From Wikipedia, the free encyclopaedia.

Armenia is a sovereign state in the South Caucasus region of Eurasia. Located in West Asiaon the Armenian Highlands, it is bordered by Turkey to the west, Georgia to the north, the de facto independent Nagorno-Karabakh Republic and Azerbaijan to the east, and Iran and Azerbaijan’s exclave of Nakhchivan to the south. The Republic of Armenia constitutes only one-tenth of historical Armenia.

Armenia is a unitary, multi-party, democratic nation-state with an ancient cultural heritage. Urartu was established in 860 BC and by the 6th century BC it was replaced by the Satrapy of Armenia. In the 1st century BC the Kingdom of Armenia reached its height under Tigranes the Great. Armenia became the first state in the world to adopt Christianity as its official religion. In between the late 3rd century to early years of the 4th century, the state became the first Christian nation. The official date of state adoption of Christianity is 301 AD.

Between the 16th century and 19th century, the traditional Armenian homeland composed of Eastern Armenia and Western Armenia came under the rule of the Ottoman and Iranian empires, repeatedly ruled by either of the two over the centuries. By the 19th century, Eastern Armenia had been conquered by the Russian Empire, while most of the western parts of the traditional Armenian homeland remained under Ottoman rule. During World War I, Armenians living in their ancestral lands in the Ottoman Empire were systematically exterminated in the Armenian Genocide. In 1918, following the Russian Revolution, all non-Russian countries declared their independence after the Russian Empire ceased to exist, leading to the establishment of the First Republic of Armenia. By 1920, the state was incorporated into the Transcaucasian Socialist Federative Soviet Republic, and in 1922 became a founding member of the Soviet Union. In 1936, the Transcaucasian state was dissolved, transforming its constituent states, including the Armenian Soviet Socialist Republic, into full Union republics. The modern Republic of Armenia became independent in 1991 during the dissolution of the Soviet Union.

The Republic of Armenia recognises the Armenian Apostolic Church, the world’s oldest national church, as the country’s primary religious establishment. The unique Armenian alphabet was invented by Mesrop Mashtots in 405 AD.

Yerevan is the capital and largest city of Armenia as well as one of the world’s oldest continuously inhabited cities. Situated along the Hrazdan River, Yerevan is the administrative, cultural, and industrial center of the country. It has been the capital since 1918, the thirteenth in the history of Armenia, and the seventh located in or around the Ararat plain.

The history of Yerevan dates back to the 8th century BC, with the founding of the fortress of Erebuni in 782 BC by king Argishti I at the western extreme of the Ararat plain. After World War I, Yerevan became the capital of the First Republic of Armenia as thousands of survivors of the Armenian Genocide in the Ottoman Empire arrived in the area. The city expanded rapidly during the 20th century as Armenia became part of the Soviet Union. In a few decades, Yerevan was transformed from a provincial town within the Russian Empire, to Armenia’s principal cultural, artistic, and industrial center, as well as becoming the seat of national government.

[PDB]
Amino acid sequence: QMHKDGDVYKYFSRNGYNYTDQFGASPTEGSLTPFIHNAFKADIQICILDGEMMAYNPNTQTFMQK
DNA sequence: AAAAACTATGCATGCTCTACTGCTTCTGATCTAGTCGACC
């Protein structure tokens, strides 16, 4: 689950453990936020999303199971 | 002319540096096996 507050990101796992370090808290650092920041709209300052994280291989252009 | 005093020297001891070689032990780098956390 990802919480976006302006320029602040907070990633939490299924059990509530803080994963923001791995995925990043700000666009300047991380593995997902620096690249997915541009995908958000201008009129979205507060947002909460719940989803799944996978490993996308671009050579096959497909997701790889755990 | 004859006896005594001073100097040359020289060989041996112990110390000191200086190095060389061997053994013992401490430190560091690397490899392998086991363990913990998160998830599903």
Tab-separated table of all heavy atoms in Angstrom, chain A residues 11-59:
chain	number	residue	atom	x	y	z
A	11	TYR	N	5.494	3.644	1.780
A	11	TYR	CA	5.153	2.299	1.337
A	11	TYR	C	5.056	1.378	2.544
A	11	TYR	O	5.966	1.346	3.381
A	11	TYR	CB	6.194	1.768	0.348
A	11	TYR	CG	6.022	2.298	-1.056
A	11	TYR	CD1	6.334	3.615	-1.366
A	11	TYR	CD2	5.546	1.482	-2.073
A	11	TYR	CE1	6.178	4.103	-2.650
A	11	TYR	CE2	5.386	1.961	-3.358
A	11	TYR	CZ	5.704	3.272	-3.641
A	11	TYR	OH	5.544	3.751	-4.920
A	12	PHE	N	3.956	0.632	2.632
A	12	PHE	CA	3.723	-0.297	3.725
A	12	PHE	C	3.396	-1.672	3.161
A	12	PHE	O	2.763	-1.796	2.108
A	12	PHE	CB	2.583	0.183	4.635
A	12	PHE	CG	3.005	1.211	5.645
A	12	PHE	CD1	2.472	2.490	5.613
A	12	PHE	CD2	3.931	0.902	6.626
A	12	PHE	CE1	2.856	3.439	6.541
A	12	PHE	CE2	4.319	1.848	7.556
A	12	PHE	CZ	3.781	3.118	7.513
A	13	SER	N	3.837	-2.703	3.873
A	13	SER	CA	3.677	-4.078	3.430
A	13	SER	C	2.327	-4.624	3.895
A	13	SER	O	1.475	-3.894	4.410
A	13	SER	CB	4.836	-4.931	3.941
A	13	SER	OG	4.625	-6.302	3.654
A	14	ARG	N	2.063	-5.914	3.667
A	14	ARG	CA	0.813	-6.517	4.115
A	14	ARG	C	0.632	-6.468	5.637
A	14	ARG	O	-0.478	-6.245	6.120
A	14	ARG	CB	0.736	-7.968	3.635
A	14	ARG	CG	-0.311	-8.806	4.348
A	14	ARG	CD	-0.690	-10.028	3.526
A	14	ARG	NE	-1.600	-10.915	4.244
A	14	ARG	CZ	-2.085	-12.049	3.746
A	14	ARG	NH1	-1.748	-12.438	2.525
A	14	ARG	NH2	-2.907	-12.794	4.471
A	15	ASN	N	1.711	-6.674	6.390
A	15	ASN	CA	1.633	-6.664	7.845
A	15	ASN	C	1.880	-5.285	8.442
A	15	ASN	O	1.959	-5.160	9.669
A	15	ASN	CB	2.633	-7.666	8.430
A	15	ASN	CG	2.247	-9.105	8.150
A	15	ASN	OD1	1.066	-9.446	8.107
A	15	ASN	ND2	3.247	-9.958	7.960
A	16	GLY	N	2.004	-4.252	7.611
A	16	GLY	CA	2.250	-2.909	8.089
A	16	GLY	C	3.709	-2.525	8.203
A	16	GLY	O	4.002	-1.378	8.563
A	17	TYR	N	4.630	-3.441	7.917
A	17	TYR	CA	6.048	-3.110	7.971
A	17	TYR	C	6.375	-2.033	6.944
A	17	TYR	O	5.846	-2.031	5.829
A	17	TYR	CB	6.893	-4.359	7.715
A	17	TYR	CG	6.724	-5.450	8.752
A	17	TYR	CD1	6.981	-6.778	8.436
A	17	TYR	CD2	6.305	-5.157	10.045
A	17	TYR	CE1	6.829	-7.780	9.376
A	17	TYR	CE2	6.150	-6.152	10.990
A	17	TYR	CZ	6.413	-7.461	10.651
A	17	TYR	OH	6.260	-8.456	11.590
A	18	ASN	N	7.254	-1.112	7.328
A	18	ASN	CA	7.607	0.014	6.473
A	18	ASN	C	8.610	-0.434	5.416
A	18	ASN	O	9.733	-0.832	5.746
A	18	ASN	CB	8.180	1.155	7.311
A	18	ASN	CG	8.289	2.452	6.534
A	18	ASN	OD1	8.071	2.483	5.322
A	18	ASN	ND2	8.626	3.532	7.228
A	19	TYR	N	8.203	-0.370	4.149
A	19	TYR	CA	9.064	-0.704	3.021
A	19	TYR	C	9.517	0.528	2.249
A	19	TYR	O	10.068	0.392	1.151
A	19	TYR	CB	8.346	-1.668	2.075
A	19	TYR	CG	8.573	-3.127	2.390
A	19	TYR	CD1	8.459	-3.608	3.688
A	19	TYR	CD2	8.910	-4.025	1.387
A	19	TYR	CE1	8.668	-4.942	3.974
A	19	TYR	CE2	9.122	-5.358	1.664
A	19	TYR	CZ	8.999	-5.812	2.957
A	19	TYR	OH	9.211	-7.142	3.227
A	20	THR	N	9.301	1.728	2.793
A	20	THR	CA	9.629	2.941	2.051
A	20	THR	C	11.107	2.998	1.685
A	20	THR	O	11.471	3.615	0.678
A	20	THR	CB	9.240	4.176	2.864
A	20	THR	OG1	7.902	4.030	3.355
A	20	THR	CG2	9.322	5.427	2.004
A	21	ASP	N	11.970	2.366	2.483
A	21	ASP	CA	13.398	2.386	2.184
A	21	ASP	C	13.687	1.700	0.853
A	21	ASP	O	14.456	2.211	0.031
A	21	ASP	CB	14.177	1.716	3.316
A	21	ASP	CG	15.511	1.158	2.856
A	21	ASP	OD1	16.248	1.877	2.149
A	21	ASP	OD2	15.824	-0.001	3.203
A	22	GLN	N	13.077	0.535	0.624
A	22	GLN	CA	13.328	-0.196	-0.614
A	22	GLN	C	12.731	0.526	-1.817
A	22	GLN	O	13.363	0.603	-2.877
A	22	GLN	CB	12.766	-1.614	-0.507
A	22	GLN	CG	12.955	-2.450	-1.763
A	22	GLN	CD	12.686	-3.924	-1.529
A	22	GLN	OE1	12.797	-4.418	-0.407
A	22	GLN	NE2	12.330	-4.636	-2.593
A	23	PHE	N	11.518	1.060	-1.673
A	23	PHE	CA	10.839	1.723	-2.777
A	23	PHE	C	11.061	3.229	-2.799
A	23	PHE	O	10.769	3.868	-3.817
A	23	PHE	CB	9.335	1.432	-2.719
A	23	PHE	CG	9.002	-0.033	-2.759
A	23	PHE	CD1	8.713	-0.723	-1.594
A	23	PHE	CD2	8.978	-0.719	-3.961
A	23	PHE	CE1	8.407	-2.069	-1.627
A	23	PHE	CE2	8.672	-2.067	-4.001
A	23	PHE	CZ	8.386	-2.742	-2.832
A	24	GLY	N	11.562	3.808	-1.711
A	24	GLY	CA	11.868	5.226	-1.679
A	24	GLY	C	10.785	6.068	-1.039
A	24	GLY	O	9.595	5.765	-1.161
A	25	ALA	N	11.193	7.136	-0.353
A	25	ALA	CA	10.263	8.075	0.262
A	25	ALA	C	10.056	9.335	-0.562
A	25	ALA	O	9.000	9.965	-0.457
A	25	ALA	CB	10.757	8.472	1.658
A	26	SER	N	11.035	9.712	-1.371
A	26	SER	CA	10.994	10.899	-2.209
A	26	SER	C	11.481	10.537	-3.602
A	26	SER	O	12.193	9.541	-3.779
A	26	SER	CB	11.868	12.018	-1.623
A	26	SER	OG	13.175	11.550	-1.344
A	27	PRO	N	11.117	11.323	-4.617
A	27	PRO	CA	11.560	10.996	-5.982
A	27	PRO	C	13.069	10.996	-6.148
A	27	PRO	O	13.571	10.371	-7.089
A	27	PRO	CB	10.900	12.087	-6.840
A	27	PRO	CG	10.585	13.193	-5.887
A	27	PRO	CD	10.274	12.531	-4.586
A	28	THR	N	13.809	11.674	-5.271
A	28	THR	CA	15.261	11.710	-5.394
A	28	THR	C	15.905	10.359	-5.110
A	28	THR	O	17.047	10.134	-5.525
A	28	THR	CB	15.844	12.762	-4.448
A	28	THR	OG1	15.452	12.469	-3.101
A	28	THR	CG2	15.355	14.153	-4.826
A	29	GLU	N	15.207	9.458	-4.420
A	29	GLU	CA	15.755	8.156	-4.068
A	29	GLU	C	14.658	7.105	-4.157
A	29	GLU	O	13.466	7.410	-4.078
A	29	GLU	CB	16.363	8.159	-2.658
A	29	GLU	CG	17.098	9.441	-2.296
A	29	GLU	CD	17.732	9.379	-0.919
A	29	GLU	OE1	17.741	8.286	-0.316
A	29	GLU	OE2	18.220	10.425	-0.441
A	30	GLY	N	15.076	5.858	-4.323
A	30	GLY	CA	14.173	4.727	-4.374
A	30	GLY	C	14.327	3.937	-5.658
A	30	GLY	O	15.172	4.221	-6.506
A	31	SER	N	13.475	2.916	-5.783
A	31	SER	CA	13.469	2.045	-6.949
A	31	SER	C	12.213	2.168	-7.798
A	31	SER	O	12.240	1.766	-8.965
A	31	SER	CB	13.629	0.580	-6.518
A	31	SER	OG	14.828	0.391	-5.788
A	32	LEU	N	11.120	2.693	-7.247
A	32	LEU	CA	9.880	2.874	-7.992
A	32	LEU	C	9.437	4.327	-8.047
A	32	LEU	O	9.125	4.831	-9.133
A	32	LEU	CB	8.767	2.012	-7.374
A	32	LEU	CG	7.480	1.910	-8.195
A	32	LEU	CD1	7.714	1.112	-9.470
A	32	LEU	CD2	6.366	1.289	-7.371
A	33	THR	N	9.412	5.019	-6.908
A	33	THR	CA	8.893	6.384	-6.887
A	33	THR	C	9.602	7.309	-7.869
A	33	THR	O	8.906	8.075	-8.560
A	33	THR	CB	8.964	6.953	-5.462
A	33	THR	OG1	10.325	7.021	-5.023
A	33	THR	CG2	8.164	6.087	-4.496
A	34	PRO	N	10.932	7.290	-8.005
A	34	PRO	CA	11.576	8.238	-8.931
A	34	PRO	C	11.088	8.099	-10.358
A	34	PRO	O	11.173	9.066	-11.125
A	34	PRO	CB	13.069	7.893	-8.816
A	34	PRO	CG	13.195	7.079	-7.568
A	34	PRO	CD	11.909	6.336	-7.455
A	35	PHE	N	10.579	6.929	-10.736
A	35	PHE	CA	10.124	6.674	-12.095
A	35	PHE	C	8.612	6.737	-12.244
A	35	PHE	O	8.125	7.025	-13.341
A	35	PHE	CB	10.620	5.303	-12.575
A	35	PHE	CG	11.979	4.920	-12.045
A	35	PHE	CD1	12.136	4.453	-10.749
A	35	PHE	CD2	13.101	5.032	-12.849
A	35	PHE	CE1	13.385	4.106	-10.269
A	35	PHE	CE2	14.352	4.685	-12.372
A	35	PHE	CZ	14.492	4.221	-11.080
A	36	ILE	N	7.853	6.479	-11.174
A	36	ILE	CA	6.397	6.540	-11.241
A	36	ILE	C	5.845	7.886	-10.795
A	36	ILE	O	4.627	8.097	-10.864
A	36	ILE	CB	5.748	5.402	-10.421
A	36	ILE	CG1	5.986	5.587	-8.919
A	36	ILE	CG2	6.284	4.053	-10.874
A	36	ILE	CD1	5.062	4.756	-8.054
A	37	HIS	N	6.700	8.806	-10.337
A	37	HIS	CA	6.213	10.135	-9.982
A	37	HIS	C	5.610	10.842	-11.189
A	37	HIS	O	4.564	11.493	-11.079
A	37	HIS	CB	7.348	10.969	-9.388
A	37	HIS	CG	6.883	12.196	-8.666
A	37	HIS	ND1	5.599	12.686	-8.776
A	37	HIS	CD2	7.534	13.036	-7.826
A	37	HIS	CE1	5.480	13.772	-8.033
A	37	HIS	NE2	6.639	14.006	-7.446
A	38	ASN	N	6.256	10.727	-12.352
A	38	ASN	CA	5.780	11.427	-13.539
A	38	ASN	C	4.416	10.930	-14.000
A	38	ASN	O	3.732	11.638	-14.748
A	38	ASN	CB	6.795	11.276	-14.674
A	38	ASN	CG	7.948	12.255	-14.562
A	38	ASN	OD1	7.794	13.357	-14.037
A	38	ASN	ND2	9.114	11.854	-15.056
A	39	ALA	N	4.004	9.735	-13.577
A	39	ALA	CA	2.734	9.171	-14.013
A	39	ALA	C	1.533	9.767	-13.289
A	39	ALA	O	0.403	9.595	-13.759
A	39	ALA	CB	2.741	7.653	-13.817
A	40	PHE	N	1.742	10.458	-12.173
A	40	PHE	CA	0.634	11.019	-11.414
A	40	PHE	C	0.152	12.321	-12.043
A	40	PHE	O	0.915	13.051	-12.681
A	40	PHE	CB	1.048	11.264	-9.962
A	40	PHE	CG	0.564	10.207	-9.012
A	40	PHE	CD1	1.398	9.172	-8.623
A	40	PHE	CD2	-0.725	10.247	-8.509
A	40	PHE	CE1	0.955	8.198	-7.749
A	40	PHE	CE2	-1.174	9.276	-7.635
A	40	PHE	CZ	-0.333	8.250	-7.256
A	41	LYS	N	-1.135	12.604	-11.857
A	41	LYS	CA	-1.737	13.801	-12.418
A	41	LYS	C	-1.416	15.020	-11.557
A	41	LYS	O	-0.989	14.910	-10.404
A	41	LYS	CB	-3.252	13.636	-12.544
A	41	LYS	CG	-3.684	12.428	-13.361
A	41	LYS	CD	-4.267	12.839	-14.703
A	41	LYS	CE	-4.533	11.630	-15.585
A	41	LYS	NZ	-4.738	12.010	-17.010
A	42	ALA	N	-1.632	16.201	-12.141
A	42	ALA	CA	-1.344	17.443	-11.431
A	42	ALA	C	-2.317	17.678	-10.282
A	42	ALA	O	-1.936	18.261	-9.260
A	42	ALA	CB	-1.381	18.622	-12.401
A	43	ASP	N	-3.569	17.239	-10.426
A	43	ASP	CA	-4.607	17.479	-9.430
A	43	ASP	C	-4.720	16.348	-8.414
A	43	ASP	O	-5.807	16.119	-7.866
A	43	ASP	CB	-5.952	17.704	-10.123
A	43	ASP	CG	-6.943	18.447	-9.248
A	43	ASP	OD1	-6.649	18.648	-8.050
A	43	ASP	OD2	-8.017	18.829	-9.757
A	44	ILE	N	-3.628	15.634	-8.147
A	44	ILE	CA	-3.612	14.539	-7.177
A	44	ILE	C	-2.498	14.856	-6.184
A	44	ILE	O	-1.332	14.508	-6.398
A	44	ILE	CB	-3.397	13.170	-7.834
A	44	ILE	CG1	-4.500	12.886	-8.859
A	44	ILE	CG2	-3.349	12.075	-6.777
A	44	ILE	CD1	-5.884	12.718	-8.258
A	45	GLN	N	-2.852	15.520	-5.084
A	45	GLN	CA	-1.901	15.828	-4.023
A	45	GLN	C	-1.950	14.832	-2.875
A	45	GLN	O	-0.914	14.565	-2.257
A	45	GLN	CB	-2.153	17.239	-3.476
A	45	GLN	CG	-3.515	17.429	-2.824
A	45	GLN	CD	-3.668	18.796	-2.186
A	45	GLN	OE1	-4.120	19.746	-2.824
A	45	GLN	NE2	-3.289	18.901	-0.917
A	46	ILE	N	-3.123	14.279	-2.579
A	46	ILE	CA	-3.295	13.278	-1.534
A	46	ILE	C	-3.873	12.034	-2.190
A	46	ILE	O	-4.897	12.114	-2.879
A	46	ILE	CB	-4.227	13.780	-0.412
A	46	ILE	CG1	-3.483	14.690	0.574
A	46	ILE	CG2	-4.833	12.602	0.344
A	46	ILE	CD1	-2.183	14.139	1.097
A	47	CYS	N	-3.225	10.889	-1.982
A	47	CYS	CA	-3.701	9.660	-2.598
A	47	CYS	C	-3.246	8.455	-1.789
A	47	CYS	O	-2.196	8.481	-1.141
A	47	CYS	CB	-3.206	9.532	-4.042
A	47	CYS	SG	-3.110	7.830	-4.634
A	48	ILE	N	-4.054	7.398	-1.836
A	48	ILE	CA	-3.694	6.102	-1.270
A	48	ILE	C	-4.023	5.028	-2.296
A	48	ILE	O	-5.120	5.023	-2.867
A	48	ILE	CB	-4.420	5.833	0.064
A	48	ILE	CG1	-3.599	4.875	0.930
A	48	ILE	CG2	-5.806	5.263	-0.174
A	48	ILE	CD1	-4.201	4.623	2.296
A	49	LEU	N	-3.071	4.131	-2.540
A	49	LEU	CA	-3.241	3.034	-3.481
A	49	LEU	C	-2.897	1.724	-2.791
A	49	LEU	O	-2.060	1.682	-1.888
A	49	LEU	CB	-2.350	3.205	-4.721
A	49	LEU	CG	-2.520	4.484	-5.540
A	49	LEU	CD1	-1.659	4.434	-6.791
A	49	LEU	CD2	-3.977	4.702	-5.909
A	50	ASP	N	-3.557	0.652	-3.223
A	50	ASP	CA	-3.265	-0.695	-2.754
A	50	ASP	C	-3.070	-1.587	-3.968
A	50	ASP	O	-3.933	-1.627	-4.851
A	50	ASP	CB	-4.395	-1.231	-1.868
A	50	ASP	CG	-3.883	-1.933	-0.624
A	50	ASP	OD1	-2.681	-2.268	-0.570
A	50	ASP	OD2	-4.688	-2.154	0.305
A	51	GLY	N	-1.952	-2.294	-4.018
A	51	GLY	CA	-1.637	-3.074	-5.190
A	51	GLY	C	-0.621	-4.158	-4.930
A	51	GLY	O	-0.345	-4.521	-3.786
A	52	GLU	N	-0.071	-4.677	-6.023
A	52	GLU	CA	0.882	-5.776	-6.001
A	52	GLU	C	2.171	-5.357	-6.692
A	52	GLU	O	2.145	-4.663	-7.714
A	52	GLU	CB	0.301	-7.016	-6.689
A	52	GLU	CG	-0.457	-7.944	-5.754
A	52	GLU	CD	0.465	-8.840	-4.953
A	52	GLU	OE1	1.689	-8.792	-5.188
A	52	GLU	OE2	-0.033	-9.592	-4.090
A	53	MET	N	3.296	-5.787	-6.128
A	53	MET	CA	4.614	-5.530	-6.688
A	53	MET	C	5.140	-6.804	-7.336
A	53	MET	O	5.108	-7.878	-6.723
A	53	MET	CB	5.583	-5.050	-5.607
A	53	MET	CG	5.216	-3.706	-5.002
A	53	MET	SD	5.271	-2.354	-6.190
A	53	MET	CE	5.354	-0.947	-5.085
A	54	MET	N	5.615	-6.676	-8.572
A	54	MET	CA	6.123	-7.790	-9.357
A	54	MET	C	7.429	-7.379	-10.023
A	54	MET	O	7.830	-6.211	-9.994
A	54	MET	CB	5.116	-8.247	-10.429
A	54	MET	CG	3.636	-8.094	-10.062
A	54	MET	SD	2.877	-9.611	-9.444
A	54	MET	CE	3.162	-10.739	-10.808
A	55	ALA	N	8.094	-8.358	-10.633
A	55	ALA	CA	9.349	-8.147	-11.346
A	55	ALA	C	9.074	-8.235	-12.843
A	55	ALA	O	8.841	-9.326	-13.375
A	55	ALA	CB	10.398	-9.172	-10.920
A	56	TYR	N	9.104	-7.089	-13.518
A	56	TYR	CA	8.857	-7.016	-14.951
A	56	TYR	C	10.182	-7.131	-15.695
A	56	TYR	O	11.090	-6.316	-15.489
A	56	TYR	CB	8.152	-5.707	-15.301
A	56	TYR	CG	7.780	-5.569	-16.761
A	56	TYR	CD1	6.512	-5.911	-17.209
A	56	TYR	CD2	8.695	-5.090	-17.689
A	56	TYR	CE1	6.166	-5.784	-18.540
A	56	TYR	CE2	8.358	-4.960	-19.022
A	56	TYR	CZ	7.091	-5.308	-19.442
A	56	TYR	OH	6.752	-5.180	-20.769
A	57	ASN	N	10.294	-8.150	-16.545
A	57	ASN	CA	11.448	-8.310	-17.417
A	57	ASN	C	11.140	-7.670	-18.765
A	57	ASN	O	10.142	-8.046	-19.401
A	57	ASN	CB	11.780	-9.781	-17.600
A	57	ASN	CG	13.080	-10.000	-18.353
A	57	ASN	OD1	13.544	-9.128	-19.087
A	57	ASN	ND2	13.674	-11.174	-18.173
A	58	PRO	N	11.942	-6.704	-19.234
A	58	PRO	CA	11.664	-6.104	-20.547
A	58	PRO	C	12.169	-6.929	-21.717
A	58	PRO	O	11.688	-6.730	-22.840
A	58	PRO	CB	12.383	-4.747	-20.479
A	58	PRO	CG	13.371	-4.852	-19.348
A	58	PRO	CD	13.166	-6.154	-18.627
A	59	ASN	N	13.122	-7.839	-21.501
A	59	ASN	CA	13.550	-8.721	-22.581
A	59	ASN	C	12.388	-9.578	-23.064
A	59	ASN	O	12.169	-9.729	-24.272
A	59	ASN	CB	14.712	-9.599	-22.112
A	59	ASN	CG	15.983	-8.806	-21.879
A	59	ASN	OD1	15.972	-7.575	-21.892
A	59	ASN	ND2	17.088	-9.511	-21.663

With the growth of the economy of the country, Yerevan has been undergoing major transformation as many parts of the city have been the recipient of new construction since the early 2000s, and retail outlets as much as restaurants, shops, and street cafés, which were rare during Soviet times, have multiplied. As of 2011, the population of Yerevan was 1,060,138, just over 35% of the Republic of Armenia’s total population. Yerevan was named the 2012 World Book Capital by UNESCO.

Of the notable landmarks of Yerevan, Erebuni Fortress is considered to be the birthplace of the city, the Katoghike Tsiranavor church is the oldest surviving church of Yerevan and Saint Gregory Cathedral is the largest Armenian cathedral in the world, Tsitsernakaberd is the official memorial to the victims of the Armenian Genocide, and several opera houses, theatres, museums, libraries, and other cultural institutions. Yerevan Opera Theatre is the main spectacle hall of the Armenian capital, the National Gallery of Armenia is the largest art museum in the Republic of Armenia and shares a building with the History Museum of Armenia, and the Matenadaran repository contains one of the largest depositories of ancient books and manuscripts in the world. The neoclassical Republic Square is the center of the city and the monumental Cascade steps lead from the city center to Victory Park, home of a Luna Park and the statue Mother Armenia overlooking Yerevan.

Mount Ararat  is a snow-capped and dormant compound volcano in the extreme east of Turkey. It consists of two major volcanic cones: Greater Ararat, the highest peak in Turkey and the Armenian plateau with an elevation of 5,137 m (16,854 ft); and Little Ararat, with an elevation of 3,896 m (12,782 ft). The Ararat massif is about 40 km (25 mi) in diameter.